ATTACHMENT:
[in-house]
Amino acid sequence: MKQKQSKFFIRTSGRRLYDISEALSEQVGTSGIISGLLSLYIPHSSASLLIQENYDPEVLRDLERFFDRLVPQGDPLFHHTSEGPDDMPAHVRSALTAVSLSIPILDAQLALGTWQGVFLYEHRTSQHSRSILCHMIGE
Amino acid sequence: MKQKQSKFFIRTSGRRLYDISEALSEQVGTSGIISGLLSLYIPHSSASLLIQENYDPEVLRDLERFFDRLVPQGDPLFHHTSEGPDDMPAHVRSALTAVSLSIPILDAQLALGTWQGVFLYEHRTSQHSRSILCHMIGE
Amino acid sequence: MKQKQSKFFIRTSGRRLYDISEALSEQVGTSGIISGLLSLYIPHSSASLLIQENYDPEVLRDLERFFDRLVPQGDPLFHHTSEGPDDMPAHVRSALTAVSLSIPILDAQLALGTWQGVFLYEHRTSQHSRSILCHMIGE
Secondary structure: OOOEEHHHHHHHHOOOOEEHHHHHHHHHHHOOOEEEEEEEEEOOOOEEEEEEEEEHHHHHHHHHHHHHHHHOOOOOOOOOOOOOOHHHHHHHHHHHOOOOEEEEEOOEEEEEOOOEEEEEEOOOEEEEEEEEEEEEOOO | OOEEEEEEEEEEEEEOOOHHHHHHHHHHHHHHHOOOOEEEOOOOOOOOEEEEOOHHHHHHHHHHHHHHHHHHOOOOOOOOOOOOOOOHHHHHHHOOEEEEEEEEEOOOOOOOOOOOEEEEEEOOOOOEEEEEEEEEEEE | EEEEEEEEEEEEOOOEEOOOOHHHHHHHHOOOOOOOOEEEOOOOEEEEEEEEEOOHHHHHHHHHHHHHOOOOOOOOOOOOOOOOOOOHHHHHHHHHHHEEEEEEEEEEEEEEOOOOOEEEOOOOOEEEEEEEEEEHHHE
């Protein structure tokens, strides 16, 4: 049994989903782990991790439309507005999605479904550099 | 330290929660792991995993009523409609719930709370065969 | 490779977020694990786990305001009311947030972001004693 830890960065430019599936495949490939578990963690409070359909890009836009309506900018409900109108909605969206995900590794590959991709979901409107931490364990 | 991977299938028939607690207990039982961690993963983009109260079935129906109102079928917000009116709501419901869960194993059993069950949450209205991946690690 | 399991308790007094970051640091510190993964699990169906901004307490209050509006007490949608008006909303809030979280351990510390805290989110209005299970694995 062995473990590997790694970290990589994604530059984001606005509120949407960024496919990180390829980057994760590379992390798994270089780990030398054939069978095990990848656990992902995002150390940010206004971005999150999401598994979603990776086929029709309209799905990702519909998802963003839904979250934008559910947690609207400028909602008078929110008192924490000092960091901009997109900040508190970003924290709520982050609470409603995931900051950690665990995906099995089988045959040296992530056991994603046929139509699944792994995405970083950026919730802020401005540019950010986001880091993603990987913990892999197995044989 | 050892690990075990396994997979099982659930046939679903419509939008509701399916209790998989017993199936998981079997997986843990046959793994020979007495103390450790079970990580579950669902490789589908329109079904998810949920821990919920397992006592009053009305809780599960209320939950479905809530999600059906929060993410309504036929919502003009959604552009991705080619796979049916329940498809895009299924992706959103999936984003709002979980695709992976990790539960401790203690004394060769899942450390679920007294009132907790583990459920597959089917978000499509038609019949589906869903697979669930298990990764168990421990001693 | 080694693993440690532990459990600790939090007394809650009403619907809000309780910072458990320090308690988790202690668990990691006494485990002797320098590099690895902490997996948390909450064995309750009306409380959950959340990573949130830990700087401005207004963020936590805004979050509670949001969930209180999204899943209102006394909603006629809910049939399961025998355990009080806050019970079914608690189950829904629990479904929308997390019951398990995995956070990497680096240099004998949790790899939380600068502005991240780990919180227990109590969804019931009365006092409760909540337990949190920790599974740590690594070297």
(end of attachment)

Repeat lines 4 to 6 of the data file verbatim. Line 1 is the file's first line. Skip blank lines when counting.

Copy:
Amino acid sequence: MKQKQSKFFIRTSGRRLYDISEALSEQVGTSGIISGLLSLYIPHSSASLLIQENYDPEVLRDLERFFDRLVPQGDPLFHHTSEGPDDMPAHVRSALTAVSLSIPILDAQLALGTWQGVFLYEHRTSQHSRSILCHMIGE
Secondary structure: OOOEEHHHHHHHHOOOOEEHHHHHHHHHHHOOOEEEEEEEEEOOOOEEEEEEEEEHHHHHHHHHHHHHHHHOOOOOOOOOOOOOOHHHHHHHHHHHOOOOEEEEEOOEEEEEOOOEEEEEEOOOEEEEEEEEEEEEOOO | OOEEEEEEEEEEEEEOOOHHHHHHHHHHHHHHHOOOOEEEOOOOOOOOEEEEOOHHHHHHHHHHHHHHHHHHOOOOOOOOOOOOOOOHHHHHHHOOEEEEEEEEEOOOOOOOOOOOEEEEEEOOOOOEEEEEEEEEEEE | EEEEEEEEEEEEOOOEEOOOOHHHHHHHHOOOOOOOOEEEOOOOEEEEEEEEEOOHHHHHHHHHHHHHOOOOOOOOOOOOOOOOOOOHHHHHHHHHHHEEEEEEEEEEEEEEOOOOOEEEOOOOOEEEEEEEEEEHHHE
């Protein structure tokens, strides 16, 4: 049994989903782990991790439309507005999605479904550099 | 330290929660792991995993009523409609719930709370065969 | 490779977020694990786990305001009311947030972001004693 830890960065430019599936495949490939578990963690409070359909890009836009309506900018409900109108909605969206995900590794590959991709979901409107931490364990 | 991977299938028939607690207990039982961690993963983009109260079935129906109102079928917000009116709501419901869960194993059993069950949450209205991946690690 | 399991308790007094970051640091510190993964699990169906901004307490209050509006007490949608008006909303809030979280351990510390805290989110209005299970694995 062995473990590997790694970290990589994604530059984001606005509120949407960024496919990180390829980057994760590379992390798994270089780990030398054939069978095990990848656990992902995002150390940010206004971005999150999401598994979603990776086929029709309209799905990702519909998802963003839904979250934008559910947690609207400028909602008078929110008192924490000092960091901009997109900040508190970003924290709520982050609470409603995931900051950690665990995906099995089988045959040296992530056991994603046929139509699944792994995405970083950026919730802020401005540019950010986001880091993603990987913990892999197995044989 | 050892690990075990396994997979099982659930046939679903419509939008509701399916209790998989017993199936998981079997997986843990046959793994020979007495103390450790079970990580579950669902490789589908329109079904998810949920821990919920397992006592009053009305809780599960209320939950479905809530999600059906929060993410309504036929919502003009959604552009991705080619796979049916329940498809895009299924992706959103999936984003709002979980695709992976990790539960401790203690004394060769899942450390679920007294009132907790583990459920597959089917978000499509038609019949589906869903697979669930298990990764168990421990001693 | 080694693993440690532990459990600790939090007394809650009403619907809000309780910072458990320090308690988790202690668990990691006494485990002797320098590099690895902490997996948390909450064995309750009306409380959950959340990573949130830990700087401005207004963020936590805004979050509670949001969930209180999204899943209102006394909603006629809910049939399961025998355990009080806050019970079914608690189950829904629990479904929308997390019951398990995995956070990497680096240099004998949790790899939380600068502005991240780990919180227990109590969804019931009365006092409760909540337990949190920790599974740590690594070297």